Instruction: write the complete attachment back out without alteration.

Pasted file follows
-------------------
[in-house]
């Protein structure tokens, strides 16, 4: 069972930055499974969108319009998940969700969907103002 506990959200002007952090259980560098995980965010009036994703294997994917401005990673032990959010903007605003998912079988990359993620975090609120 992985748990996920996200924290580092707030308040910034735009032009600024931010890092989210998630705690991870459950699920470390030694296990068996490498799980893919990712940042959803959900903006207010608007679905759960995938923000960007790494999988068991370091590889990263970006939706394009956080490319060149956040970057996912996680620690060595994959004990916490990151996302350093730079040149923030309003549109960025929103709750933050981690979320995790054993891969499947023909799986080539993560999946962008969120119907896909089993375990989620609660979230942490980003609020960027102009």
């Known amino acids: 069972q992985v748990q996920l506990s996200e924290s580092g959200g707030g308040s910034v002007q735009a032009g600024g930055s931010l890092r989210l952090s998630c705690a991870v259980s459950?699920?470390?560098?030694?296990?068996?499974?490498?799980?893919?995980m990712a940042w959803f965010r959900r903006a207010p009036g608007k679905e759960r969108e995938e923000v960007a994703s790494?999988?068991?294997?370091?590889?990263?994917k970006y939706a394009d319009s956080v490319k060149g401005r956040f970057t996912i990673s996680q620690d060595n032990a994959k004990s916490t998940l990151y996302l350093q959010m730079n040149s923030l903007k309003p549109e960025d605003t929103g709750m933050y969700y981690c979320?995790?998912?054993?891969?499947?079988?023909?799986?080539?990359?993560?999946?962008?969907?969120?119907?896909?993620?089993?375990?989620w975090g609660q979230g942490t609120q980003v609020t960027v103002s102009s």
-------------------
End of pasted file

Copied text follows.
[in-house]
């Protein structure tokens, strides 16, 4: 069972930055499974969108319009998940969700969907103002 506990959200002007952090259980560098995980965010009036994703294997994917401005990673032990959010903007605003998912079988990359993620975090609120 992985748990996920996200924290580092707030308040910034735009032009600024931010890092989210998630705690991870459950699920470390030694296990068996490498799980893919990712940042959803959900903006207010608007679905759960995938923000960007790494999988068991370091590889990263970006939706394009956080490319060149956040970057996912996680620690060595994959004990916490990151996302350093730079040149923030309003549109960025929103709750933050981690979320995790054993891969499947023909799986080539993560999946962008969120119907896909089993375990989620609660979230942490980003609020960027102009």
């Known amino acids: 069972q992985v748990q996920l506990s996200e924290s580092g959200g707030g308040s910034v002007q735009a032009g600024g930055s931010l890092r989210l952090s998630c705690a991870v259980s459950?699920?470390?560098?030694?296990?068996?499974?490498?799980?893919?995980m990712a940042w959803f965010r959900r903006a207010p009036g608007k679905e759960r969108e995938e923000v960007a994703s790494?999988?068991?294997?370091?590889?990263?994917k970006y939706a394009d319009s956080v490319k060149g401005r956040f970057t996912i990673s996680q620690d060595n032990a994959k004990s916490t998940l990151y996302l350093q959010m730079n040149s923030l903007k309003p549109e960025d605003t929103g709750m933050y969700y981690c979320?995790?998912?054993?891969?499947?079988?023909?799986?080539?990359?993560?999946?962008?969907?969120?119907?896909?993620?089993?375990?989620w975090g609660q979230g942490t609120q980003v609020t960027v103002s102009s």